Perhaps had the author been at this meeting he would have been flabbergasted at the suggestions for changes, as sensible as they were, and probably even a little daunted at the thought but, all in all, I liked the fact that these book clubbers genuinely loved books and discussing them in depth was important to their lives. I am glad I joined and plan to attend every month.
Should I take a lesson from the discussion? Yes, very much so except I am still writing what I want to write. If a reader finds problems in a book that is fictional the author can be excused. What have been your book club experiences?
Jill Amadio is a ghostwriter and cozy mystery writer. This is her new novel.
A leggy wildflower of a girl, teenage Sofia runs away from rural Oregon to big city Portland where she meets and marries a charismatic Saudi Arabian later known as 9/11 hijacker #13. While a slumbering America embraces feng sui and pizza she is present when terrorist sleeper cells are organized in her home, maps of landmark buildings, airports, and bridges are studied, and teams of recruits take flying lessons.
IN TERROR’S DEADLY CLASP, a novel, is based on her true story, providing a rare, chilling glimpse under the radar of the terrorists’ daily lives as they enjoy strip clubs, fast food, and freedom from their religious rules. After warning the FBI of the Arabs’ photo sessions, driving several men into America illegally from Mexico, and other suspicious activities, she goes undercover for U.S. intelligence agencies with deadly consequences.
11 thoughts on “A Revelation and a Lesson in Reality”
Thanks, Jill, for the tour through a book club’s comments. I don’t think I will join one because it would dissuade me from saying anything and would probably make me over-analyze my own writing. None of that appeals to me. I do have new neighbors here in Ohio who would like me to join their book club, but I shall pass. But keep us posted if you ever have them critique your books. I might just change my mind. Who knows?
LikeLiked by 1 person
Gayle, I totally understand your eversion to book clubs but who knows what mystery series such a club can inspire? There may already be a mystery series based on one, as there are a knitting club, a bakery, gourmet cheese, etc. Grist for the mill.
LikeLiked by 1 person
Moving anytime is a challenge, Jill, but your timing seemed especially difficult! And I’ve never joined a book club partly because I’m not sure I want to analyze another author’s work that way. I wonder if any book clubs have analyzed any of mine!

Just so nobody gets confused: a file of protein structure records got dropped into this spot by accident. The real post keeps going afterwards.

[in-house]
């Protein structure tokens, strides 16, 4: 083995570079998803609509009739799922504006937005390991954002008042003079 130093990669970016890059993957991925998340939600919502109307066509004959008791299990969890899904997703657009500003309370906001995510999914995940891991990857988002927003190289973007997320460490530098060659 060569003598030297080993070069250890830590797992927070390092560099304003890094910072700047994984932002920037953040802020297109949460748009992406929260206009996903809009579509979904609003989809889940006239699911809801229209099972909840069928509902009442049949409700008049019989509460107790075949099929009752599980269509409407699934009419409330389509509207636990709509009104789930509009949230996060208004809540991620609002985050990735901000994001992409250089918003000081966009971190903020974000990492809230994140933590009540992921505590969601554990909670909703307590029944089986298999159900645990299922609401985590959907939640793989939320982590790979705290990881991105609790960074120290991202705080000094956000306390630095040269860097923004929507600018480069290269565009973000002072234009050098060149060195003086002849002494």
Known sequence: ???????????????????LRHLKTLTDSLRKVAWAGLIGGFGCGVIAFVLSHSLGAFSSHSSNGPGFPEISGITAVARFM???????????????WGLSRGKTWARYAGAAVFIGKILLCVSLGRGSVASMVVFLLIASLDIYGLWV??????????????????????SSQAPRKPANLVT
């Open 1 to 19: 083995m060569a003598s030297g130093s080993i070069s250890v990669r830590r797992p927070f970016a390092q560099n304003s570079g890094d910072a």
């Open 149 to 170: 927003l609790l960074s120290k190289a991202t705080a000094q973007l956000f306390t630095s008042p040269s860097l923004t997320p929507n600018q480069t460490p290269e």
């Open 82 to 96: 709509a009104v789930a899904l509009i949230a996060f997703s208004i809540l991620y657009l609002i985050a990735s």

LikeLiked by 1 person
I was a speaker at several book clubs in Irvine and other towns, somne conneced to a library. It’s a fun experience if you have a thick skin.
LikeLiked by 1 person
This is an amazing expereience you’ve wrote about. It reminds me of a few old critique sessions I’ve been in. You are brave. Will you attend the memoir group too? That might remind you of your ghostwriting work.
This is a fascinating glimpse into our reader’s world. And I’m glad they take it so seriously – even if I wouldn’t agree with their wanting to re-write the author’s work. And what a different world you’ve moved into… another great adventure, Jill.
Yes, Jackie, I look forward to the memoir group – I hope to be able to help them with their projects.
Hi Rosemary, it certainly was an experience being on the other side. Reminding myself of these “adventures” when I miss my old ones in CA so much is sometimes a bit of a struggle but one that opens new worlds.
I’ve been in several book clubs and found the discussions range from serious interpretations of the work in question to an excuse to gather, chat, drink wine and eat. I’m not surprised at how many readers wanted to ‘re-write’ the book to suit their taste. I’ve experienced that in some of my critique groups as well, literally. One disapproved of my characters’ dining on mutton in 1914 with a “yuck”. It’s not like they could have bought fish sticks at Safeway. But as my father used to say, even a blind chicken finds a corn sometimes. If I listen to what they say and pick through the chaff, I may find a corn of valuable feedback.
How true, Miko. Some clubs are basically social events, but I was pleased that the one here was serious although participation was not total. A few never opened their mouths!